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MOODY'S ASSIGNS MIG 1 RATING TO HUDSON COUNTY IMPROVEMENT AUTHORITY'S (NJ) $100.4 COUNTY-GUARANTEED POOLED BOND ANTICPATION NOTES, SERIES I

25 Jul 2011

$364 MILLION OF THE COUNTY'S LONG-TERM G.O. COUNTY AND COUNTY-GUARANTEED DEBT IS RATED Aa3

County
NJ

Moody's Rating

ISSUE

RATING

County-Guarateed Pooled Notes, Series 2011 I-1

MIG 1

  Sale Amount

$100,400,000

  Expected Sale Date

07/28/11

  Rating Description

Bond Anticipation Note

 

Opinion

NEW YORK, Jul 25, 2011 -- Moody's Investors Service has assigned MIG 1 ratings to the Hudson County Improvement Authority's (NJ) $100.4 million County-Guaranteed Pooled Notes, Series 2011 I. Proceeds of notes will refund loans to the City of Bayonne (G.O. rated Baa1/negative outlook, $21.6 million) ,Bayonne Municipal Utilities Authority ($2.6 million), Town of Harrison (G.O. rated Ba3/negative outlook, $1.7 million), Jersey City (G.O. rated A2/negative outlook; $7.5 million), Township of Weehawken (G.O. rated Ba1; $25.2 million), Town of West New York ($4 million).

RATINGS RATIONALE

While the notes are expected to be repaid from borrower loan repayments, the ultimate security for this issue is derived from Hudson County's absolute and unconditional obligation to cure any deficiency in the Debt Service Fund prior to note maturity, and the authorization to issue county general obligation bonds for this purpose pursuant to a Guaranty Ordinance. Therefore, the MIG 1 rating factors in the county's long-term credit quality, satisfactory history of market access, and sound mechanics under the county guaranty to allow timely repayment of the current notes at their August 17, 2012 maturity.

The county's long-term general obligation rating of Aa3 reflects the county's substantial, expanding tax base and our expectation that the county will maintain a stable financial position supported by conservative management of economically sensitive revenues and limited reliance on one-time revenue sources. We believe the county is relatively well positioned to maintain financial stability in the coming years despite revenue constraints created by the imposition of a more stringent statewide 2% property tax levy limitation, given continued growth of the county's taxable base as PILOTs expire and properties become taxable.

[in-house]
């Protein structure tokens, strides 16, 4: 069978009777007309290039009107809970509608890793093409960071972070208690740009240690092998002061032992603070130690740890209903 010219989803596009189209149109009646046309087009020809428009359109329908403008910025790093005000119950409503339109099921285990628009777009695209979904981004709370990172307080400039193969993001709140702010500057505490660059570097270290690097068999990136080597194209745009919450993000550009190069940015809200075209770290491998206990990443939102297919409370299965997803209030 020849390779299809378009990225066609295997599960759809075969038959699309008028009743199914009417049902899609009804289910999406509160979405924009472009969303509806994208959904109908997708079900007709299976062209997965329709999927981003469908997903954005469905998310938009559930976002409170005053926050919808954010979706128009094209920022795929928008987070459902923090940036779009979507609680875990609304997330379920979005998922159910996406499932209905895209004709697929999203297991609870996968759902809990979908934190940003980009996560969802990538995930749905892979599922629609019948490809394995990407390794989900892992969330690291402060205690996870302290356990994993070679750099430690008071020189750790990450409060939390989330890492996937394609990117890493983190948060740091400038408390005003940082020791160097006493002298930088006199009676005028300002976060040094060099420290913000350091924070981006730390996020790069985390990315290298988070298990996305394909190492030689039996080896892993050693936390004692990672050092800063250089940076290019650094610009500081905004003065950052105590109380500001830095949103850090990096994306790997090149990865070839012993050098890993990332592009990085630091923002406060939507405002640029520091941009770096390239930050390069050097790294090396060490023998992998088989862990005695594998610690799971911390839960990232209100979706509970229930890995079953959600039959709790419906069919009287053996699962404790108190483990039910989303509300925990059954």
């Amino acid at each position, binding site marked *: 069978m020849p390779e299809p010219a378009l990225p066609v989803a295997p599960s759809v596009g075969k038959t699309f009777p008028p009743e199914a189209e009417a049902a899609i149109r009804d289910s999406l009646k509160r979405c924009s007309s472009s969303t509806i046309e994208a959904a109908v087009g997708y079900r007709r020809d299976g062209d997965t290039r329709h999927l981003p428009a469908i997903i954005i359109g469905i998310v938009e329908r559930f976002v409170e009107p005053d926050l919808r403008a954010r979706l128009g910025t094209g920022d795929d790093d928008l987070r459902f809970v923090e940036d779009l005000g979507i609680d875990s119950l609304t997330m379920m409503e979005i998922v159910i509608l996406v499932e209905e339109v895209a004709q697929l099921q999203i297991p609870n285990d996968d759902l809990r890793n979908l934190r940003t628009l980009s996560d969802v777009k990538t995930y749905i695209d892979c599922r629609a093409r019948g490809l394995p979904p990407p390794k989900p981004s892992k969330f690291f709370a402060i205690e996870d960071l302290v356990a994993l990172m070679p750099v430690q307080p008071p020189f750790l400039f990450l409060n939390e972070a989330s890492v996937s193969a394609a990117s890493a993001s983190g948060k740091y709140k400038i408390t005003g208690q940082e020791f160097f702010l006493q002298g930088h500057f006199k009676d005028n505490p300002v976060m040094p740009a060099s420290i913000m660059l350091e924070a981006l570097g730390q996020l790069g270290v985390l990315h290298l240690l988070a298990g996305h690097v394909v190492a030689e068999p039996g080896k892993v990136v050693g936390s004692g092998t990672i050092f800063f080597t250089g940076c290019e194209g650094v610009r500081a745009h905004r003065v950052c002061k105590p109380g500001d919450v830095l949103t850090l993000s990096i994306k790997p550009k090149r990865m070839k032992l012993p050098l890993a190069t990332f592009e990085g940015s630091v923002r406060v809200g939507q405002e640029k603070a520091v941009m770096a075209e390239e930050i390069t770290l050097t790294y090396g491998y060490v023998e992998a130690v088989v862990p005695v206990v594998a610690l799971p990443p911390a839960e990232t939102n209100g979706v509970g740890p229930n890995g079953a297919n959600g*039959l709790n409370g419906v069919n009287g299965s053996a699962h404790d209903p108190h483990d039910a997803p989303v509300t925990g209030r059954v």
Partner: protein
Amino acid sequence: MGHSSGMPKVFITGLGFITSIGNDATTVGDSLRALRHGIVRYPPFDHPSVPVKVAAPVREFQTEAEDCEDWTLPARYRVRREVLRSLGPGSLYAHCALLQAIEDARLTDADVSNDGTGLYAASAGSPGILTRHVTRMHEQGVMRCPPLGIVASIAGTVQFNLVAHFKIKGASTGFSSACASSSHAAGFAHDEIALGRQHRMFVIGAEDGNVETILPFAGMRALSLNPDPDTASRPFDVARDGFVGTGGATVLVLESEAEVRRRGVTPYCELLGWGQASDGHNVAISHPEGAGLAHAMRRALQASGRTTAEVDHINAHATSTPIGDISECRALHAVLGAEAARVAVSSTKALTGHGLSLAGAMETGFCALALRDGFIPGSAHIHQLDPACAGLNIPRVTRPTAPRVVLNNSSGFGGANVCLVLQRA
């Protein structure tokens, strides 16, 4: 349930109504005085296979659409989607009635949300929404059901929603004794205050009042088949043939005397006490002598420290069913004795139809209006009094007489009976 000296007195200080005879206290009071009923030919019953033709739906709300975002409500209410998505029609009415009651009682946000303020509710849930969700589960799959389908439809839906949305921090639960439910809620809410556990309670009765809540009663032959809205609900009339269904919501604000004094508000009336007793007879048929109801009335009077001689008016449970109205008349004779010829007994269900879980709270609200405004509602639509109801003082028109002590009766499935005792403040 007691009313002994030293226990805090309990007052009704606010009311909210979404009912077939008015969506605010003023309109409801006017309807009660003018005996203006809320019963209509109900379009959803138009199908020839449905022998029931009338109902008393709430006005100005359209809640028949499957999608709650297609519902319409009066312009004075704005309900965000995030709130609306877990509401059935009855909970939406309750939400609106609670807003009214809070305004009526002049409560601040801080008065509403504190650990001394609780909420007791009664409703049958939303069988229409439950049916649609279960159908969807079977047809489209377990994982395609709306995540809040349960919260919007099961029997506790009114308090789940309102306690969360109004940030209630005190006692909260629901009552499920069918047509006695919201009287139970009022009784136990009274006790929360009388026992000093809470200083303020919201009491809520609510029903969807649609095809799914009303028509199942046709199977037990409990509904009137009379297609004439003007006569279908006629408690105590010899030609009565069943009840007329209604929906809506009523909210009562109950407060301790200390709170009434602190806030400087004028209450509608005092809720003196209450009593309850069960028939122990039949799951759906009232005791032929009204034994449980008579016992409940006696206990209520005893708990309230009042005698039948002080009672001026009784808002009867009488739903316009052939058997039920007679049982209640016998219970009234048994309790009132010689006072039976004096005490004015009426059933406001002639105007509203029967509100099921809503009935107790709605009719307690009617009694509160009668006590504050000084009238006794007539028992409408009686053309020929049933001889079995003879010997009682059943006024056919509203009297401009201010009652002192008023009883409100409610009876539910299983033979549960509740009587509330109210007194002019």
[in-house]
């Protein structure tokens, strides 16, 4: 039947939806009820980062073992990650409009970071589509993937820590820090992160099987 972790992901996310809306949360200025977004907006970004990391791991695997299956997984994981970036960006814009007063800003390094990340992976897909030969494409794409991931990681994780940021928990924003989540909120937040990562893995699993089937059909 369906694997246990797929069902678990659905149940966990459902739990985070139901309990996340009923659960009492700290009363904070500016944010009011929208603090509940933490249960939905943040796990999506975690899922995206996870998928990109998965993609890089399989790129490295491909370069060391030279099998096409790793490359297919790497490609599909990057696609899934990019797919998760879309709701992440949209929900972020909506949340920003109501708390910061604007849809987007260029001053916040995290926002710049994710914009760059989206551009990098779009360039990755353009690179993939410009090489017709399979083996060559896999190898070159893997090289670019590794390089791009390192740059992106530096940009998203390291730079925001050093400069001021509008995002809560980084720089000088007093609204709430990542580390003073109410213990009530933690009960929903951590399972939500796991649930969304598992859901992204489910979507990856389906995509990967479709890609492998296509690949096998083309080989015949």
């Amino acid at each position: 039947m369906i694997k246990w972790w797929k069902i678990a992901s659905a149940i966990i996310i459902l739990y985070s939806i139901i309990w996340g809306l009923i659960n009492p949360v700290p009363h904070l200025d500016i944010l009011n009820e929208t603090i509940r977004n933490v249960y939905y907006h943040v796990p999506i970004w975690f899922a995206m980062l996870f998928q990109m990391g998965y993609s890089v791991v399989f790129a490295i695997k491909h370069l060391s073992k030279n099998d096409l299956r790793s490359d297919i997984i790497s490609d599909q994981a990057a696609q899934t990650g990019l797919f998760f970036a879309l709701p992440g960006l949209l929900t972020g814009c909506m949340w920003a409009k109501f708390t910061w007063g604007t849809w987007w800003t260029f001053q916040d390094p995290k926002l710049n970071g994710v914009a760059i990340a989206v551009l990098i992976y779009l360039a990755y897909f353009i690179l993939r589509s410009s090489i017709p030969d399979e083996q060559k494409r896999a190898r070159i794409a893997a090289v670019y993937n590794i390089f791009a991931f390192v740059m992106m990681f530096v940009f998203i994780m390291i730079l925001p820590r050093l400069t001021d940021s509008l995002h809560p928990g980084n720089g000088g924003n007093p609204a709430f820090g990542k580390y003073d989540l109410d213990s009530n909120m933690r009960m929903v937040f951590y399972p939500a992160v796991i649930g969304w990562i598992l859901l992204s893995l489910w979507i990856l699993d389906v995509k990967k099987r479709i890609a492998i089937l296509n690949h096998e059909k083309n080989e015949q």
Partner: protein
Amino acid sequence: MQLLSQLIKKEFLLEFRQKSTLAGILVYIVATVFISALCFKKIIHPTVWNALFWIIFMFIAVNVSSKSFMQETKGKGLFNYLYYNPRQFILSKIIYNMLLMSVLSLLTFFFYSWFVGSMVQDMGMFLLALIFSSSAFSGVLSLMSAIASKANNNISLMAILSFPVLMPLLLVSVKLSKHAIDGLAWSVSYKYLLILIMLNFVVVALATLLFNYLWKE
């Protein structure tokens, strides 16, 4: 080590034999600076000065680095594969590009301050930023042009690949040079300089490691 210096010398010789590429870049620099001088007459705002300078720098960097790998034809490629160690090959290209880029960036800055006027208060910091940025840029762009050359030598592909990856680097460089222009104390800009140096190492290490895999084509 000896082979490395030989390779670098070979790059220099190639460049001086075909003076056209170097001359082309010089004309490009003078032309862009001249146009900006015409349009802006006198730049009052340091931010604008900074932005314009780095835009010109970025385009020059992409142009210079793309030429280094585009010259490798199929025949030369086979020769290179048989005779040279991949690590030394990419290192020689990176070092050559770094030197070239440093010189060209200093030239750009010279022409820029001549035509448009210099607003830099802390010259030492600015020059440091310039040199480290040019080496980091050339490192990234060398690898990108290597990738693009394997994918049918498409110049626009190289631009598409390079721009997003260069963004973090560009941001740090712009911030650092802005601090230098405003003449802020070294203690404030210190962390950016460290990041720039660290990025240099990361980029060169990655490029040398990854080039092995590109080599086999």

The negative outlook reflects the county's exposure, through guaranteed debt, to the Town of Harrison's (GO rated Ba3/negative outlook) underperforming development projects as well as to Hudson County Improvement Authority's relatively stressed solid waste system. Future rating reviews will consider the county's ability to maintain its current financial position in light of a heightened risk to fund guaranteed debt service, given the Town of Harrison's recent challenges in meeting debt obligations. In addition, the negative outlook considers the county's exposure to short-term market volatility, as county and county-guaranteed short-term notes and bonds, amounting to $307.7 million, represent approximately one-third of total outstanding debt and take the form of maturities ranging from $27 million to $163 million.

STRENGTHS

-Substantial and diverse tax base with favorable location

-Stable, structurally balanced financial operations

CHALLENGES

-Significant exposure to county-guaranteed enterprise debt and short-term debt

-Below average wealth levels

-Above-average debt burden

DETAILED CREDIT DISCUSSION

HUDSON COUNTY IMPROVEMENT AUTHORITY CONDUIT ISSUER